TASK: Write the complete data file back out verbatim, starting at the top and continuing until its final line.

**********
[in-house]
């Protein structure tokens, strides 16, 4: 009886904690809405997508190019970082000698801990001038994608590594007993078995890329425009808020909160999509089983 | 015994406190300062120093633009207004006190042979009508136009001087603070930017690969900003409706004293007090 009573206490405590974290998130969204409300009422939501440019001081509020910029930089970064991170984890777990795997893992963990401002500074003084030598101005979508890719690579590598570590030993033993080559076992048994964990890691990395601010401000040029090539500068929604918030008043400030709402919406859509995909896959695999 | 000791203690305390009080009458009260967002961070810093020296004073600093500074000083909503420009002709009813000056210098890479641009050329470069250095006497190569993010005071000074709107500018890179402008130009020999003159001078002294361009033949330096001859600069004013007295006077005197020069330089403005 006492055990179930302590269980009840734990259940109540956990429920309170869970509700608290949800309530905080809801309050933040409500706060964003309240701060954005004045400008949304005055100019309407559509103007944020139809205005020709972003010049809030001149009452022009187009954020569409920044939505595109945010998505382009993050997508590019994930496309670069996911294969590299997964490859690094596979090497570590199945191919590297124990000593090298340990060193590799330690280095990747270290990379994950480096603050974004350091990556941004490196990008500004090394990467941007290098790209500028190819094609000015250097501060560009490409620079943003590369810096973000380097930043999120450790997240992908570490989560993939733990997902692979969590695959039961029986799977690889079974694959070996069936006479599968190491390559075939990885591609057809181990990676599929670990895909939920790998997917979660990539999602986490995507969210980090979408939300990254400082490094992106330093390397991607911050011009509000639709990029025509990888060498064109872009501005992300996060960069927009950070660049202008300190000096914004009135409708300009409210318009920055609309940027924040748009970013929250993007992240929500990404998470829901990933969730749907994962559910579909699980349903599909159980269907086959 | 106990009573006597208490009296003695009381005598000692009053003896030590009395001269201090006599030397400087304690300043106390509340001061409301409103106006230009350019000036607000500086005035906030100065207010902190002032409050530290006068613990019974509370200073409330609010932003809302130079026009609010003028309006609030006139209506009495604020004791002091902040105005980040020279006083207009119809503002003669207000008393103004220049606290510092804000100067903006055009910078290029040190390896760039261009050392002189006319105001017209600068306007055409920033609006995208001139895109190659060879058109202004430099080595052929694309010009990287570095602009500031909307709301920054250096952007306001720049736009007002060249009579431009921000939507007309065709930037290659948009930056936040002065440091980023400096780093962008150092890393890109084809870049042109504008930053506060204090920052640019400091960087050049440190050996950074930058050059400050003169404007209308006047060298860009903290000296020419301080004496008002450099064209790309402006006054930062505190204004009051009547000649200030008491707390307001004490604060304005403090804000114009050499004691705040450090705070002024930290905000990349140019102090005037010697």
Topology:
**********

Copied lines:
[in-house]
């Protein structure tokens, strides 16, 4: 009886904690809405997508190019970082000698801990001038994608590594007993078995890329425009808020909160999509089983 | 015994406190300062120093633009207004006190042979009508136009001087603070930017690969900003409706004293007090 009573206490405590974290998130969204409300009422939501440019001081509020910029930089970064991170984890777990795997893992963990401002500074003084030598101005979508890719690579590598570590030993033993080559076992048994964990890691990395601010401000040029090539500068929604918030008043400030709402919406859509995909896959695999 | 000791203690305390009080009458009260967002961070810093020296004073600093500074000083909503420009002709009813000056210098890479641009050329470069250095006497190569993010005071000074709107500018890179402008130009020999003159001078002294361009033949330096001859600069004013007295006077005197020069330089403005 006492055990179930302590269980009840734990259940109540956990429920309170869970509700608290949800309530905080809801309050933040409500706060964003309240701060954005004045400008949304005055100019309407559509103007944020139809205005020709972003010049809030001149009452022009187009954020569409920044939505595109945010998505382009993050997508590019994930496309670069996911294969590299997964490859690094596979090497570590199945191919590297124990000593090298340990060193590799330690280095990747270290990379994950480096603050974004350091990556941004490196990008500004090394990467941007290098790209500028190819094609000015250097501060560009490409620079943003590369810096973000380097930043999120450790997240992908570490989560993939733990997902692979969590695959039961029986799977690889079974694959070996069936006479599968190491390559075939990885591609057809181990990676599929670990895909939920790998997917979660990539999602986490995507969210980090979408939300990254400082490094992106330093390397991607911050011009509000639709990029025509990888060498064109872009501005992300996060960069927009950070660049202008300190000096914004009135409708300009409210318009920055609309940027924040748009970013929250993007992240929500990404998470829901990933969730749907994962559910579909699980349903599909159980269907086959 | 106990009573006597208490009296003695009381005598000692009053003896030590009395001269201090006599030397400087304690300043106390509340001061409301409103106006230009350019000036607000500086005035906030100065207010902190002032409050530290006068613990019974509370200073409330609010932003809302130079026009609010003028309006609030006139209506009495604020004791002091902040105005980040020279006083207009119809503002003669207000008393103004220049606290510092804000100067903006055009910078290029040190390896760039261009050392002189006319105001017209600068306007055409920033609006995208001139895109190659060879058109202004430099080595052929694309010009990287570095602009500031909307709301920054250096952007306001720049736009007002060249009579431009921000939507007309065709930037290659948009930056936040002065440091980023400096780093962008150092890393890109084809870049042109504008930053506060204090920052640019400091960087050049440190050996950074930058050059400050003169404007209308006047060298860009903290000296020419301080004496008002450099064209790309402006006054930062505190204004009051009547000649200030008491707390307001004490604060304005403090804000114009050499004691705040450090705070002024930290905000990349140019102090005037010697």
Topology: